• In The Battle for the Soul of Capitalism, John C. Bogle, the founder of the Vanguard Group and author of investing classic Common Sense on Mutual Funds: New Imperatives for the Intelligent Investor, argues that the Business Roundtable is to blame for the failure of recent corporate governance initiatives.
  • The University of Hawaii's John R. Locke identifies the Business Roundtable as a major contributor to what he calls "Managerialism", the shift in power from owner/shareholders to those who are the manager/agents of firms. His 2011 work Confronting Managerialism: How the Business Elite and Their Schools Threw Our Lives Out of Balance explores several cases in which the Business Roundtable has opposed changes to corporate governance rules that would have empowered shareholders at the expense of CEOs.

Officers

The current chairman of the Roundtable is Boeing CEO, Jim McNerney.

Members of Business Roundtable's Executive Committee include:[14]

  • David M. Cote, Honeywell International Inc., Vice Chair
  • Andrew Liveris, Dow Chemical, Vice Chair
  • Robert A. "Bob" McDonald, Proctor & Gamble, Vice Chair
  • Harold McGraw III, McGraw-Hill
  • Ajay Banga, Mastercard Inc.
  • Alexander M. Cutler, Eaton Corporation
  • Bill Green, Accenture
  • Mike Morris, American Electric Power Company
  • Antonio Perez, Eastman Kodak Company

The Business Roundtable leadership are:

  • John Engler, President
  • Larry Burton, Executive Director
  • Johanna Schneider, Executive Director
  • LeAnne Redick Wilson, executive Director

References

  1. Greenhouse, L. (1991, March 7). The Business Roundtable is mentioned by G. William Domhoff in Who Rules America? Domhoff argues that the Business Roundtable supports the network of corporate control and influence over the economy, politics, and media. Perils to conservatives in a conservative court. New York Times, Retrieved from http://query.nytimes.com/gst/fullpage.html?res=9D0CE1D81E3EF934A35750C0A967958260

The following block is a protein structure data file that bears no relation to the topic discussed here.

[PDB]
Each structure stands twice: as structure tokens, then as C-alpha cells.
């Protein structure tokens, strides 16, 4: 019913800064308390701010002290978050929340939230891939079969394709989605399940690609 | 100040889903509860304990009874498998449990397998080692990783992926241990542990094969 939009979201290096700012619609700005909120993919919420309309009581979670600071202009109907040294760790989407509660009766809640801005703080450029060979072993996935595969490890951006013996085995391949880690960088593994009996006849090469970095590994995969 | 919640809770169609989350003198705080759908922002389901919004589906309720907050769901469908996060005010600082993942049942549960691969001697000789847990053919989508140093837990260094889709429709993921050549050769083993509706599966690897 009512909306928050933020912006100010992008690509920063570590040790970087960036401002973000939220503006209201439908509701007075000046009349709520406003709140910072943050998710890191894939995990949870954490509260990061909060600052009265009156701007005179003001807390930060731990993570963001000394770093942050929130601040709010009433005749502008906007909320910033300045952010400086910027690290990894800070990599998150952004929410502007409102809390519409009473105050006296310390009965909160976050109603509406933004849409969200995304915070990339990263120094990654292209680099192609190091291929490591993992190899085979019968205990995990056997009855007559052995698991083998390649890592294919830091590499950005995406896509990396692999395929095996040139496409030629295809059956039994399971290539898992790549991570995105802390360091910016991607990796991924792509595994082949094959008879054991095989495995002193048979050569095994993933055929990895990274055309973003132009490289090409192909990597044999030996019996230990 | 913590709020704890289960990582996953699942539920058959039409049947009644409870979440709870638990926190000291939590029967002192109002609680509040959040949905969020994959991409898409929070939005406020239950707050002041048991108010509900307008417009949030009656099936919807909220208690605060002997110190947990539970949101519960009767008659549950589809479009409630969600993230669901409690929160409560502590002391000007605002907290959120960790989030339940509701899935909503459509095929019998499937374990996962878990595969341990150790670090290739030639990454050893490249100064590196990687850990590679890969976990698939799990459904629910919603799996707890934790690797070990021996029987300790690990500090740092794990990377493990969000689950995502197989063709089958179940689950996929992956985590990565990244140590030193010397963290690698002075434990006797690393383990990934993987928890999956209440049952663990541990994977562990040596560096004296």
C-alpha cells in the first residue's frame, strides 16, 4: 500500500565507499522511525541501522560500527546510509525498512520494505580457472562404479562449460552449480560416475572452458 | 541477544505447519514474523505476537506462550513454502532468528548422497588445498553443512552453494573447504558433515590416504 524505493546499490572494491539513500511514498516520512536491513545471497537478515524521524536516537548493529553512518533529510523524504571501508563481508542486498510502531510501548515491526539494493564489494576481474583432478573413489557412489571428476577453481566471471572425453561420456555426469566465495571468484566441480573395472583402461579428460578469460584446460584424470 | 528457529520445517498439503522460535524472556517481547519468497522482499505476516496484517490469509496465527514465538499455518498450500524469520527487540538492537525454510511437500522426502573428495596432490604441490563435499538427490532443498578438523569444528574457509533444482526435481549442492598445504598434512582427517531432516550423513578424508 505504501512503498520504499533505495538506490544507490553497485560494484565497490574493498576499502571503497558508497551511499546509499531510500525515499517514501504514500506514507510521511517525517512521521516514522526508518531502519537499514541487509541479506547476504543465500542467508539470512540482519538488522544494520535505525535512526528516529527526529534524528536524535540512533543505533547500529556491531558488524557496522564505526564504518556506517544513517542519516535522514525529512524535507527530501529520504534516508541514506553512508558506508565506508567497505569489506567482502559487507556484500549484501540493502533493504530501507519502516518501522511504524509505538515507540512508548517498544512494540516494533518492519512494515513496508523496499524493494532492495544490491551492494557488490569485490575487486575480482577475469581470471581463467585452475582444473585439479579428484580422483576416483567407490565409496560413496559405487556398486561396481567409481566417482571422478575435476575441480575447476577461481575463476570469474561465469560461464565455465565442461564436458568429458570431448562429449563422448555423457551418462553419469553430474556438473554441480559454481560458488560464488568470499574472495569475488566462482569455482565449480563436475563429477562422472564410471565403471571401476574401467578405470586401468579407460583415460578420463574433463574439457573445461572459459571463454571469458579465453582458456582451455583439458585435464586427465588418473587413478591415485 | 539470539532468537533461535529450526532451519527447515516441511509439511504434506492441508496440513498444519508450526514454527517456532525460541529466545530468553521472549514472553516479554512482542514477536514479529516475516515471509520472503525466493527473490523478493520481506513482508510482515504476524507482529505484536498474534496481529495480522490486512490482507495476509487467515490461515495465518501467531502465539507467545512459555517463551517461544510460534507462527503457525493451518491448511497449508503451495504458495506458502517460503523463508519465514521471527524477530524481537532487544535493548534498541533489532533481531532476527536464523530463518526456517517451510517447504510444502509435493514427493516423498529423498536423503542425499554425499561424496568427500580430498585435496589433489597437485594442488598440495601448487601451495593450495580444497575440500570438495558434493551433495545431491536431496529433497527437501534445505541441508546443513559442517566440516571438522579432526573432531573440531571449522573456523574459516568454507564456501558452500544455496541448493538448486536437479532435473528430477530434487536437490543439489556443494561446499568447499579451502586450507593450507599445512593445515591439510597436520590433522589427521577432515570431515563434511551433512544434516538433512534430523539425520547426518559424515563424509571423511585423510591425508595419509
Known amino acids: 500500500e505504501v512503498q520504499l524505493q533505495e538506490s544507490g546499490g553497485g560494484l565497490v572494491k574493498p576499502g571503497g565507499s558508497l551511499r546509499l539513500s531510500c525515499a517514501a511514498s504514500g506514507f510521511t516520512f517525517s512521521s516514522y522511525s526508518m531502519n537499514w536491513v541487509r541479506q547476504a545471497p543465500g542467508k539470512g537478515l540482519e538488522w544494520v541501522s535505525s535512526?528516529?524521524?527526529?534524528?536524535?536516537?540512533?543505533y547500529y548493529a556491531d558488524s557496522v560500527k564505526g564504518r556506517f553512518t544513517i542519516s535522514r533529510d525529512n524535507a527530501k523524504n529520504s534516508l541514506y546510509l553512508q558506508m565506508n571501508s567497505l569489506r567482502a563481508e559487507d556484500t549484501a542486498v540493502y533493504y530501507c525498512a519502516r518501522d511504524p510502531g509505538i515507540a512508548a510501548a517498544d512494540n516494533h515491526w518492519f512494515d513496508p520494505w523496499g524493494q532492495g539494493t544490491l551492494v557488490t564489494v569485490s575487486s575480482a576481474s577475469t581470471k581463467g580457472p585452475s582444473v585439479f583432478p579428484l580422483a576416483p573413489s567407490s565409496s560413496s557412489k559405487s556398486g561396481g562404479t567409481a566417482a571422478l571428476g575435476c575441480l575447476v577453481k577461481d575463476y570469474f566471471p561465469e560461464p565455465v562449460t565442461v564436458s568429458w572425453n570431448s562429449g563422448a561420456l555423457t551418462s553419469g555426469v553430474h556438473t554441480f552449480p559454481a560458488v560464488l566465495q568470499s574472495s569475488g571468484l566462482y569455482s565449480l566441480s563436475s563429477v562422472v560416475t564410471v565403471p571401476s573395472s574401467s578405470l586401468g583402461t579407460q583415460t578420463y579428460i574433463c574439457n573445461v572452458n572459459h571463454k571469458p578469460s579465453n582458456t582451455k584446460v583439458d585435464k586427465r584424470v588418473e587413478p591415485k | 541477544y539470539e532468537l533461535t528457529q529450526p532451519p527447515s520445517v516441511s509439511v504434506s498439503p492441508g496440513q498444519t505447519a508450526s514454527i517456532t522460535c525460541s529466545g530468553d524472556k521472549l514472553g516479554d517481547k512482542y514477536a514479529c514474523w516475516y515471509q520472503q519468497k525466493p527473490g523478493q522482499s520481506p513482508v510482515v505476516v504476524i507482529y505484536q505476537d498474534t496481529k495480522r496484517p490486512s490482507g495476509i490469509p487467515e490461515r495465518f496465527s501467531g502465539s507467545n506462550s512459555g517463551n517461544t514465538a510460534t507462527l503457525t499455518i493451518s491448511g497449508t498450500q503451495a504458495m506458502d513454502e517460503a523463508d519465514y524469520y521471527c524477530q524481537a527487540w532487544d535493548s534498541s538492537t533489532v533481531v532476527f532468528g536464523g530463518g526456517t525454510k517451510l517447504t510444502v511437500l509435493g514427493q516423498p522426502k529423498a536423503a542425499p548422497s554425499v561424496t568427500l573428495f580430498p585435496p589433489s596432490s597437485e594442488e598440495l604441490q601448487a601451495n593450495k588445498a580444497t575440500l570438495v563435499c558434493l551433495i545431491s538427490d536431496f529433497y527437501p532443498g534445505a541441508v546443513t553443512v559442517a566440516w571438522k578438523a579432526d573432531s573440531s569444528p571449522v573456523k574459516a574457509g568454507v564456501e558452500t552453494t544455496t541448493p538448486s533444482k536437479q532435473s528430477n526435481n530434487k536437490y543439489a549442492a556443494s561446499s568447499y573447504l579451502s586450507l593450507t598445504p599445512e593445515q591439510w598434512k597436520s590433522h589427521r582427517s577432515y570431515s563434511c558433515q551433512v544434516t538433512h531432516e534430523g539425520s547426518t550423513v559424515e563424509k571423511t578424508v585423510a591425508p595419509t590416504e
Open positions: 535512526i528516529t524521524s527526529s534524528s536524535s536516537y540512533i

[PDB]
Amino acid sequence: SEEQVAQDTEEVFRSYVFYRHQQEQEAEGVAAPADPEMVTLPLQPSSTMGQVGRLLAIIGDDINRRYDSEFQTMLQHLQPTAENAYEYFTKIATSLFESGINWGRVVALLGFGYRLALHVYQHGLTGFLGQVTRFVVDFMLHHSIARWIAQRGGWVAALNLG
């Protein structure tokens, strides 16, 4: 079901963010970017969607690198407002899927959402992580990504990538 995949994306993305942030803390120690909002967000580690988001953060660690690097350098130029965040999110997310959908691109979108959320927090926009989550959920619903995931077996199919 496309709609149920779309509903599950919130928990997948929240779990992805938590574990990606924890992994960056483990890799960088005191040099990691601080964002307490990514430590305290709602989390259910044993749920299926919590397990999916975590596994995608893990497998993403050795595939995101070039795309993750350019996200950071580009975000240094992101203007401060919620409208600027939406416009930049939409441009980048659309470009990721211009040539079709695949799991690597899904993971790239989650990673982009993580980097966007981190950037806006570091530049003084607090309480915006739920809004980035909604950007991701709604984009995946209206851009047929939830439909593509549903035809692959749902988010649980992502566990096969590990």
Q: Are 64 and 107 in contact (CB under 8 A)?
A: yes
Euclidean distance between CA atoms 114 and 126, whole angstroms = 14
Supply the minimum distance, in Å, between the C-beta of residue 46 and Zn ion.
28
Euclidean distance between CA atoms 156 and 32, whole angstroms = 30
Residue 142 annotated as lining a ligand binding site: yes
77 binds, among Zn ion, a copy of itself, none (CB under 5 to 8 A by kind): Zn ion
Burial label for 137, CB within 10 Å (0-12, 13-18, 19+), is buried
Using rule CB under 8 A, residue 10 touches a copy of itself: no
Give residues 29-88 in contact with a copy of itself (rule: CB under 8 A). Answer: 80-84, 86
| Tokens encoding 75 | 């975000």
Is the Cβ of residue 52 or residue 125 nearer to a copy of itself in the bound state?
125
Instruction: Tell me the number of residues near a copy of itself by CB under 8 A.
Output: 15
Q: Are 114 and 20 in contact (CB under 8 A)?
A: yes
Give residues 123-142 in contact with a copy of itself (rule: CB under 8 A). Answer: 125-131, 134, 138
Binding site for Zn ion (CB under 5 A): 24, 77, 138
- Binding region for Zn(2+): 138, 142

2. Cowan, A.L. (1993, March 26). Methods in Stock Option Madness. New York Times, Retrieved from http://query.nytimes.com/gst/fullpage.html?res=9F0CE2DC163FF935A15750C0A965958260
  3. Jenkins, C., & Eckert, C. M. (2000). The right turn in economic policy: Business elites and the new conservative economic. Sociological Forum, 15(2), 312.
  4. Lichtman, A. J. (2008). White Protestant Nation: The Rise of the American Conservative Movement. Atlantic Monthly Press. (p. 338)
  5. http://www.skeptically.org/gov/id1.html
  6. "About Us", Business Roundtable website
  7. http://www.washingtonpost.com/wp-dyn/content/article/2010/06/22/AR2010062205279.html
  8. http://www.skeptically.org/gov/id1.html
  9. http://www.skeptically.org/gov/id1.html
  10. http://www.skeptically.org/gov/id1.html
  11. "ISSUE: No Child Left Behind" website
  12. http://www.washingtonpost.com/wp-dyn/content/article/2010/05/13/AR2010051305288.html
  13. http://www.project-syndicate.org/commentary/zingales5/English
  14. Business Roundtable web site accessed September 15, 2006

External links

sv:Business Roundtable






Source: Wikipedia | The above article is available under the GNU FDL. | Edit this article



Search for Business Roundtable in Tutorials
Search for Business Roundtable in Encyclopedia
Search for Business Roundtable in Videos
Search for Business Roundtable in Books
Search for Business Roundtable in Software
Search for Business Roundtable in DVDs
Search for Business Roundtable in Store




Advertisement




Business Roundtable in Encyclopedia
Business_Roundtable top Business_Roundtable

Home - Add TutorGig to Your Site - Disclaimer

©2011-2013 TutorGig.com. All Rights Reserved. Privacy Statement